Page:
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Friday, June 17, 2005

Frist Seomra Meeting in warehouse

Seomra spraoi 16/06/2005

Attendance – about 20

Chair: Shorty

Minutes: Owensie

Agenda:

Principals

Running of warehouse

How space can be used

Lease

Public meetings

Funds

Meeting on 14th July


Lease: Mark has drawn up letter to landlord – william to sign


Principals


To name the space: seomra spraoi

To look for the old principals

Look at examples of other spaces

Dara (+Shorty?) to look at safe/positive space principals (Daren belfast has also drawn up an example)


Uses of the space


Plans drawn up by Stephen


The general uses people want to make of it are


Drop in space

Meeting Space

Cafe/Kitchen

Bike Workshop

Art Space/Dark Room

1 or 2 rehearsal Rooms

Media Room

Musical Equipment Storage Space

(Library (?))


maintenance – electricity has to be sorted before anything else – both Owensy and Willaim might have contacts

Broadband

Insulating front + sound proofing rooms plus knocking rebuilding etc


A list of people who'll be around during g8 drawn up

Post G8 Meeting 16th of July Saint Nicholas of Mayra – separate meetings on how G8 went and on taking over ware house
James to do a leaflet to be taken to G8 protests
Dara passed around standing forms – we only have 100 a month so far so we need to up it urgently

18th July – Jill to book Lower Deck for benefit gig


Working groups


Electrician – Ciaran (through William)

Positive Space – Shorty/Dara

Principals – Conor, William, Liz

Funds/stall – Owensie/Shorty


Willie offered Red ink PO Box address for people posting back standing order forms.


Next Meeting Next Thursday 23rd 8pm Warehouse


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Wednesday, June 15, 2005

last 2 weeks minutes plus some thoughts from Autonomous Anonymous

NB: next week's meeting will be at the Warehouse: Thursday 16th June

Seomra Spraoi (yippee!)
Minutes of Meeting
Date: Thursday, 9 June 2005
Location: EENGO, Lr Camden St
Present: 6 people

PUBLIC MEETINGS:
It was decided to hold a couple of bigger meetings before 1 August to get
groups and individuals involved; to discuss what the space will be used for;
and to assess what physical changes to make to the space. These should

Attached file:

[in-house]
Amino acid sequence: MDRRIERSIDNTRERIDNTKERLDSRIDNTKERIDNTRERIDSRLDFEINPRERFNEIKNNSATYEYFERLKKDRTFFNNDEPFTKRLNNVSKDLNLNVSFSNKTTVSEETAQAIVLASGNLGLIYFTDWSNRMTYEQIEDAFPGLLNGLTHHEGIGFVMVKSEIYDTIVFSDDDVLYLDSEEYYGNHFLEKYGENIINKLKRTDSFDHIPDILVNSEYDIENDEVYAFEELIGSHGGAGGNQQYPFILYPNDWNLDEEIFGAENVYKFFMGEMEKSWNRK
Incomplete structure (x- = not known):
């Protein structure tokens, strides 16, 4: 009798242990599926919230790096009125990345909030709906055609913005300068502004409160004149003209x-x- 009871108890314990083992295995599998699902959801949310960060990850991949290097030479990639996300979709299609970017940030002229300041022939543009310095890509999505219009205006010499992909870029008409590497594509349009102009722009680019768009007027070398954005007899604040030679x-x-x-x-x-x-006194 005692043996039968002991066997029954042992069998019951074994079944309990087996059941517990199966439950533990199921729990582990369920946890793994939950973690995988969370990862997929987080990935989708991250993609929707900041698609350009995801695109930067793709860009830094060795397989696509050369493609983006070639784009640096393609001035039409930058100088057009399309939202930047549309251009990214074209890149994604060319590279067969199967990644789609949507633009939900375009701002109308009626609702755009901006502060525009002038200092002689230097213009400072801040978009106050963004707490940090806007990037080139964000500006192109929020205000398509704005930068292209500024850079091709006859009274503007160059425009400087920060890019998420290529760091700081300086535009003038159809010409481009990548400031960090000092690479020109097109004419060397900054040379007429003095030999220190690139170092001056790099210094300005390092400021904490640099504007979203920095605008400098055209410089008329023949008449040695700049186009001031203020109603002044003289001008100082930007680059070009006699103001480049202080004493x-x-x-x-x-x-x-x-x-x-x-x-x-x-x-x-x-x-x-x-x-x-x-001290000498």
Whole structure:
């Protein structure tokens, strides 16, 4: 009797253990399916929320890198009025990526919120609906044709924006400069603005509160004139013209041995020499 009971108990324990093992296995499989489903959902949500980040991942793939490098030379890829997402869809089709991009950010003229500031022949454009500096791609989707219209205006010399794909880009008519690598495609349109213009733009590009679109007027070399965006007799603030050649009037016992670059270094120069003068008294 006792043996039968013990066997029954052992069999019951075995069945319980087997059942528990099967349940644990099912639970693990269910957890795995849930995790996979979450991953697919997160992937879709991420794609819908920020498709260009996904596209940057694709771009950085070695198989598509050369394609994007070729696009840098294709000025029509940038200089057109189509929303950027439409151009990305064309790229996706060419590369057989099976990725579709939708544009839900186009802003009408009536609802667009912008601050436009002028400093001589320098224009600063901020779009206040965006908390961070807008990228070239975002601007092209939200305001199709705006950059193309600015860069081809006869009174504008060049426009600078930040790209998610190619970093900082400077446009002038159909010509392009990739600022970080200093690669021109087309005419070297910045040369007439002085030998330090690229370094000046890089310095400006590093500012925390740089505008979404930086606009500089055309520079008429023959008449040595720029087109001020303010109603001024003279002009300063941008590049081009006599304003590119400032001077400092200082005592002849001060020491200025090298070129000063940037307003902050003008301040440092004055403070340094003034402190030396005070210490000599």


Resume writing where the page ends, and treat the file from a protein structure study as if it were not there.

happen AFTER the G8, as before then people will be focused on G8; also when
people return from Scotland they will hopefully be keen to get involved in
ongoing activity; and we could have a weekend or Saturday gathering which
combines a post-G8 feedback meeting with a social centre public meeting. The
Irish "barrio" in Scotland will be great for flyering people about coming to
a public meeting back in Dublin.

We decided to go for two meetings for starters:
+ Thursday 14th July (about 7.30pm): a meeting at the Warehouse (subject to
their agreement) to look around, decide what walls to change etc etc. We
will get friends and acquaintances who are architects, electricians,
builders to come along and also current Warehouse people obviously.
+ I think the other meeting was agreed to be the evening of Friday 15th July
at Nicholas of Myra, like our old Seomra Spraoi events, but it would be
mostly a public meeting and just a wee bit of music/food.
(We did also discuss Saturday instead of Friday and the Saturday could be
divided between G8 feedback and social centre public meeting.)

GENERAL:
+ It was pointed out that the Warehouse is not our ideal space for a social
centre: it is not autonomous; late evening gigs are limited; we will keep
looking around for another space to move on to.
+ We must involve community groups as much as possible.
+ Centre should be run in a non-hierarchical way; should be autonomous.

LETTER TO WAREHOUSE LANDLORD:
Mark had previously undertaken to draft a letter to the landlord. Now
William will contact Mark and see if that's done and circulate it to the
list for approval. It was suggested that maybe we should say as little as
possible to the landlord, just give the impression that it will continue
with the current arrangement, i.e. artists' studios (because if he thought
it was going to be a public venue with lots of moneymaking gigs etc he might
raise the rent or refuse us altogether). But it was pointed out that
presumably we will be organising as much publicity as possible for the
social centre and so it would be better to be straight up with him from the
start, in other words say in the letter that while it will be an artistic
space, there will be more events where the public will come in (to look at
art and drink coffee).

LEASE:
The rent could be paid by standing order from the Seomra Spraoi credit union